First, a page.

The two family house sits on a long and narrow strip of grass at the end of a small residential street. A tight staircase, along the south facade, connects all floors revealing the whole three levels height. the openings of both units are oriented to the north, which offers a pleasant light and a particular view of the Monte Generoso. The metal coating allows the use of a single material that wraps the entire volume from the roof to the porch, creating a homogeneous and protective shell.
The Bau Bau house designed by Stocker Lee Architetti is located in a picturesque residential area in Rancate, Switzerland. The elongated site extends one side along a vineyard and affords clear views of the countryside and surrounding hills. Resting sculpturally on a carpet of grass, the building is completely enveloped in a ribbed titanium-zinc skin that results in a uniform outer shell. Depending on the light, this shell changes colour from dusty blue to silver grey to pale green transforming the appearance of the house throughout the day and with the seasons.
Built for two families, the building consists of almost identical mirrored apartments. The concrete structure is grounded on two ‘feet’ – the open portico formed in between creates a sense of lightness at the base, accommodating the entry and car parking. On the ground floor is a guest room. Bedrooms and bathrooms are located on the first floor, the living and kitchen are on the second floor with a study and roof terrace on the third floor. In this way, the living spaces are situated on the upper floors to maximise light and views. An open staircase that spans the entire length and volume of the house forms the spine of the building – this results in a dramatic, narrow void that stretches over eight metres high. Architecturally, light and materials informed the design of the interior. Large openings predominantly face north to capture the subtler northern light in this sunny part of Ticino. The sense of light is especially prominent on the second floor where the almost double-height ceiling and high facade windows create a bright, voluminous, living area while openings on all four sides of the top-floor studio – one directly overlooking the living room – bathe the space in daylight. Striking combinations of materials see concrete paired with warm timber flooring or sheer textile curtains. Views are beautifully framed throughout the house, each window highlighting a different part of the surrounding landscape from the wineyard, meadows or surrounding hills beyond.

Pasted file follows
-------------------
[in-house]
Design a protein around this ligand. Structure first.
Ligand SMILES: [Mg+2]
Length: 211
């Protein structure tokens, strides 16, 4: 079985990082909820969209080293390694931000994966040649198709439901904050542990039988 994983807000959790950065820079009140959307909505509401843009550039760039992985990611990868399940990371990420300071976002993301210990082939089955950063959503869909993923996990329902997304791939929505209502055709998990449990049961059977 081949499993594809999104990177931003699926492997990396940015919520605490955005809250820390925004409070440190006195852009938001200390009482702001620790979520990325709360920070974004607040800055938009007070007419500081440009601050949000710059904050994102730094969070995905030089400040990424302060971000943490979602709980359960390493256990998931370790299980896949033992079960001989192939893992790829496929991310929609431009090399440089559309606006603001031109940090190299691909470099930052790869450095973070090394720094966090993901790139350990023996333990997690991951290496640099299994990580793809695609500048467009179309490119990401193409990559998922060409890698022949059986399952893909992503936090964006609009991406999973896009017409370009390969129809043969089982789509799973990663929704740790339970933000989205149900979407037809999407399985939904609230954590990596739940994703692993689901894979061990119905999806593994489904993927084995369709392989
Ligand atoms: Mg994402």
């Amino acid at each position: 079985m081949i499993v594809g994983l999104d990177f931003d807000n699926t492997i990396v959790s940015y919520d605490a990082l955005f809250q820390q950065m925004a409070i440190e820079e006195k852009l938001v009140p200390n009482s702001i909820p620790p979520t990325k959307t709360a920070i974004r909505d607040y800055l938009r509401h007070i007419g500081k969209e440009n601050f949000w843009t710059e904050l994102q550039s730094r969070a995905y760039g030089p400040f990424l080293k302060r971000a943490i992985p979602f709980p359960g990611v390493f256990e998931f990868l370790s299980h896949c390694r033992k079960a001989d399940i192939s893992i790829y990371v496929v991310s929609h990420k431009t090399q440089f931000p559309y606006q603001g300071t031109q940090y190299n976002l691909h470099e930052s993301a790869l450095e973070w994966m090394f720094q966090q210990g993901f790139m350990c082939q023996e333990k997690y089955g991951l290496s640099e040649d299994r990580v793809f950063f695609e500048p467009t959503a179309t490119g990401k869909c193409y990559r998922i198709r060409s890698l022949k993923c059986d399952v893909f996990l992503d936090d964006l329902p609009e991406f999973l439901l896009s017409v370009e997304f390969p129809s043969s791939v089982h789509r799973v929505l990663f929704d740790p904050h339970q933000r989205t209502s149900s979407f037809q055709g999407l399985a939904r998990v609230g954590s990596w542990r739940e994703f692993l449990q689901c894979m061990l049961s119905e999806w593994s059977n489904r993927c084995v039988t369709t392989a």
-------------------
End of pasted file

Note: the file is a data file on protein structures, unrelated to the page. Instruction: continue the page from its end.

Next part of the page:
Functionally, the interior was designed to accommodate a young, growing, family. With flexibility in mind, the choice of USM’s modular furniture systems perfectly fitted the family’s needs. The timeless look of the USM Haller range integrates seamlessly with the family’s existing collection of contemporary and vintage furniture while the metal of the furniture adds another layer of materiality. For use in the home, the USM furniture is easy to handle and clean.
In the living area, a low USM Haller sideboard in Steel Blue is used for storage of toys and books. The elegant dark blue takes on the hue of the concrete, also combining well with the oak parquetry.
The white finish of the Haller tables complements the lightness of the home: the table in the adjacent dining area becomes the family hub, used for dining, children’s homework and craft work.
Upstairs in the study, two tables are used as the computer/working desk and for sewing and craft activites. A double-height Anthracite grey sideboard accommodates document storage, doubling as a low partition. Melanie Stocker from Stocker Lee: “We used USM furniture in this house because of its classic look and flexible arrangement. As architects, we regularly recommend USM products to our clients because of their timelessness and ability to be composed with other furniture very easily. There is a huge colour range and many possibilities to choose the right dimensions and configurations according to your needs.”